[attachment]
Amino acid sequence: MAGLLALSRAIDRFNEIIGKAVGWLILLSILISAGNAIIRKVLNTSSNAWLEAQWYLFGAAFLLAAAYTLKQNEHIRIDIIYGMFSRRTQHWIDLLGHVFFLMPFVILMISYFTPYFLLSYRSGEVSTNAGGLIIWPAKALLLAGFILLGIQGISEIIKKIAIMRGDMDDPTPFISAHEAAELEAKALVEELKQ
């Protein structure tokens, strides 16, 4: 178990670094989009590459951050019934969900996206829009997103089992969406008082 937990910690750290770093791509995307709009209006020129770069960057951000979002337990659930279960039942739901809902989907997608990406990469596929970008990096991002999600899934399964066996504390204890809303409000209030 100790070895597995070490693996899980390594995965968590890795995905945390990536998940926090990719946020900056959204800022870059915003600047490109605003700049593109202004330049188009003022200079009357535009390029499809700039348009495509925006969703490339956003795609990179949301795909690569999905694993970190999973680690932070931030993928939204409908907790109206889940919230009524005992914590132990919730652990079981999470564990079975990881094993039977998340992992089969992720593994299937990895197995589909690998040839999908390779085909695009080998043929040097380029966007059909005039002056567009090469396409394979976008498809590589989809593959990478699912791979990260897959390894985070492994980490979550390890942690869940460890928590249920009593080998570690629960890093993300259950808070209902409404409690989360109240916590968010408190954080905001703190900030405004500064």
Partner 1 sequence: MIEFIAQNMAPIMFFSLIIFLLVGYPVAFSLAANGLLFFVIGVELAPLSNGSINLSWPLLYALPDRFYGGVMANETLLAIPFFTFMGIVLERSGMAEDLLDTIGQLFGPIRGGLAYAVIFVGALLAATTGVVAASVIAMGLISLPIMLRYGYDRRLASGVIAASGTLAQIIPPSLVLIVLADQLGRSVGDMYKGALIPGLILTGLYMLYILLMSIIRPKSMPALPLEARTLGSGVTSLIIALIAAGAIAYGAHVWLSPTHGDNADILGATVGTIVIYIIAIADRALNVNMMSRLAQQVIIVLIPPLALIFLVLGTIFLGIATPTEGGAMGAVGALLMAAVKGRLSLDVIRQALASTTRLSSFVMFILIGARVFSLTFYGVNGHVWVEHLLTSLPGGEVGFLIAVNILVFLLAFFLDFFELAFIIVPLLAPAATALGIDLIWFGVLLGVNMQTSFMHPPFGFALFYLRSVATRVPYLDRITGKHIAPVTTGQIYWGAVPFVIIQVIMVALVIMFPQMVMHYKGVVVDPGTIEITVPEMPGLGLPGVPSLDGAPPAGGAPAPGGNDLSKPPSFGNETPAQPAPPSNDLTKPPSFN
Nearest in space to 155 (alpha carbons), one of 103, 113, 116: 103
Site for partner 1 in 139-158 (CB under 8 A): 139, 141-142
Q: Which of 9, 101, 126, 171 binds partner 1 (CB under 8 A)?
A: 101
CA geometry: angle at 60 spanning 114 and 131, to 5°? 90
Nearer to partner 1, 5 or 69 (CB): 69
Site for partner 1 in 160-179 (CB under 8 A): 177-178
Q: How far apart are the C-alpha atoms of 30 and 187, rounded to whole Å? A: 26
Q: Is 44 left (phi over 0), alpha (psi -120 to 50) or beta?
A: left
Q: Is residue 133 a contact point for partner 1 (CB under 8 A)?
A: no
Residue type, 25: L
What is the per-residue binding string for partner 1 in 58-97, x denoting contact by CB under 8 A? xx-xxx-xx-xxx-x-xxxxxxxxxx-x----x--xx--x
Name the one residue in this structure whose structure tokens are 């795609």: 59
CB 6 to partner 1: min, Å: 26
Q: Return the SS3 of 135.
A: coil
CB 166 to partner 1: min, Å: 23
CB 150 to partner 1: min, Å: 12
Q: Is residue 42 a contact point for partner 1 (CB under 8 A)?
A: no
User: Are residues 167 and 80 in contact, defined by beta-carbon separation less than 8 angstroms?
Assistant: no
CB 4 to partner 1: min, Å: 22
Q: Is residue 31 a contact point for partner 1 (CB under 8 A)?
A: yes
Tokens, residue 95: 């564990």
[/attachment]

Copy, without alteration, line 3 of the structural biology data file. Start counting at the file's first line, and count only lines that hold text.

Partner 1 sequence: MIEFIAQNMAPIMFFSLIIFLLVGYPVAFSLAANGLLFFVIGVELAPLSNGSINLSWPLLYALPDRFYGGVMANETLLAIPFFTFMGIVLERSGMAEDLLDTIGQLFGPIRGGLAYAVIFVGALLAATTGVVAASVIAMGLISLPIMLRYGYDRRLASGVIAASGTLAQIIPPSLVLIVLADQLGRSVGDMYKGALIPGLILTGLYMLYILLMSIIRPKSMPALPLEARTLGSGVTSLIIALIAAGAIAYGAHVWLSPTHGDNADILGATVGTIVIYIIAIADRALNVNMMSRLAQQVIIVLIPPLALIFLVLGTIFLGIATPTEGGAMGAVGALLMAAVKGRLSLDVIRQALASTTRLSSFVMFILIGARVFSLTFYGVNGHVWVEHLLTSLPGGEVGFLIAVNILVFLLAFFLDFFELAFIIVPLLAPAATALGIDLIWFGVLLGVNMQTSFMHPPFGFALFYLRSVATRVPYLDRITGKHIAPVTTGQIYWGAVPFVIIQVIMVALVIMFPQMVMHYKGVVVDPGTIEITVPEMPGLGLPGVPSLDGAPPAGGAPAPGGNDLSKPPSFGNETPAQPAPPSNDLTKPPSFN